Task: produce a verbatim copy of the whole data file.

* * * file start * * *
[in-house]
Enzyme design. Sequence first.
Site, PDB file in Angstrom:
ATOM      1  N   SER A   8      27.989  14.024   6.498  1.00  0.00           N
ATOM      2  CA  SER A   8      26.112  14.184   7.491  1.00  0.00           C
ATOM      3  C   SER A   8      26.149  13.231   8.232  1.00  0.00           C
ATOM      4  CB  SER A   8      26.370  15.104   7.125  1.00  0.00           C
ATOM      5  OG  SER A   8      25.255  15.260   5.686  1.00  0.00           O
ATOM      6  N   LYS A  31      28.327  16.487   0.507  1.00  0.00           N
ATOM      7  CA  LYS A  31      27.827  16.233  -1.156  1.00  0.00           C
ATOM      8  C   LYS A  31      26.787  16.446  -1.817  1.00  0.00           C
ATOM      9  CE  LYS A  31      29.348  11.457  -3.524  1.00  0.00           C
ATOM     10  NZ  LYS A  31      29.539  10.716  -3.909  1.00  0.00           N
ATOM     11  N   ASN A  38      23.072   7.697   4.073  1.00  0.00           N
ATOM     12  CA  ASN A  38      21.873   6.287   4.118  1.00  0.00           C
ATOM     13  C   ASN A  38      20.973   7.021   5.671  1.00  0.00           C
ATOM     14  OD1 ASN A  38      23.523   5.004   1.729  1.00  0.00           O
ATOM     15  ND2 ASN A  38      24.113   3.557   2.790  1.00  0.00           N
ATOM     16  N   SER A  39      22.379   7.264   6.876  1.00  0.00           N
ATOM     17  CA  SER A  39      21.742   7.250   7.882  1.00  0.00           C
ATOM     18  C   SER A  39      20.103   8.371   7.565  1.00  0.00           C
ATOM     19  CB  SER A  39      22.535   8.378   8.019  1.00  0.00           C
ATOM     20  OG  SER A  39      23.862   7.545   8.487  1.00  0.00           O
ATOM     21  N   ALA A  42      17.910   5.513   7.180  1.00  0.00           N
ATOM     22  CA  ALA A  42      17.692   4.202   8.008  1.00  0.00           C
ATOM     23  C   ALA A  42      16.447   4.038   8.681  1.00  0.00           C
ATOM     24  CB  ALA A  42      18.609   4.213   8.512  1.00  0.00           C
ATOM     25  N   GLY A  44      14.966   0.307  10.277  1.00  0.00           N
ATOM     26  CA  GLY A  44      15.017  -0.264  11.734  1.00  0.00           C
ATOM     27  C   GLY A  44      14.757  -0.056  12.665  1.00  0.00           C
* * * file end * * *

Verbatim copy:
[in-house]
Enzyme design. Sequence first.
Site, PDB file in Angstrom:
ATOM      1  N   SER A   8      27.989  14.024   6.498  1.00  0.00           N
ATOM      2  CA  SER A   8      26.112  14.184   7.491  1.00  0.00           C
ATOM      3  C   SER A   8      26.149  13.231   8.232  1.00  0.00           C
ATOM      4  CB  SER A   8      26.370  15.104   7.125  1.00  0.00           C
ATOM      5  OG  SER A   8      25.255  15.260   5.686  1.00  0.00           O
ATOM      6  N   LYS A  31      28.327  16.487   0.507  1.00  0.00           N
ATOM      7  CA  LYS A  31      27.827  16.233  -1.156  1.00  0.00           C
ATOM      8  C   LYS A  31      26.787  16.446  -1.817  1.00  0.00           C
ATOM      9  CE  LYS A  31      29.348  11.457  -3.524  1.00  0.00           C
ATOM     10  NZ  LYS A  31      29.539  10.716  -3.909  1.00  0.00           N
ATOM     11  N   ASN A  38      23.072   7.697   4.073  1.00  0.00           N
ATOM     12  CA  ASN A  38      21.873   6.287   4.118  1.00  0.00           C
ATOM     13  C   ASN A  38      20.973   7.021   5.671  1.00  0.00           C
ATOM     14  OD1 ASN A  38      23.523   5.004   1.729  1.00  0.00           O
ATOM     15  ND2 ASN A  38      24.113   3.557   2.790  1.00  0.00           N
ATOM     16  N   SER A  39      22.379   7.264   6.876  1.00  0.00           N
ATOM     17  CA  SER A  39      21.742   7.250   7.882  1.00  0.00           C
ATOM     18  C   SER A  39      20.103   8.371   7.565  1.00  0.00           C
ATOM     19  CB  SER A  39      22.535   8.378   8.019  1.00  0.00           C
ATOM     20  OG  SER A  39      23.862   7.545   8.487  1.00  0.00           O
ATOM     21  N   ALA A  42      17.910   5.513   7.180  1.00  0.00           N
ATOM     22  CA  ALA A  42      17.692   4.202   8.008  1.00  0.00           C
ATOM     23  C   ALA A  42      16.447   4.038   8.681  1.00  0.00           C
ATOM     24  CB  ALA A  42      18.609   4.213   8.512  1.00  0.00           C
ATOM     25  N   GLY A  44      14.966   0.307  10.277  1.00  0.00           N
ATOM     26  CA  GLY A  44      15.017  -0.264  11.734  1.00  0.00           C
ATOM     27  C   GLY A  44      14.757  -0.056  12.665  1.00  0.00           C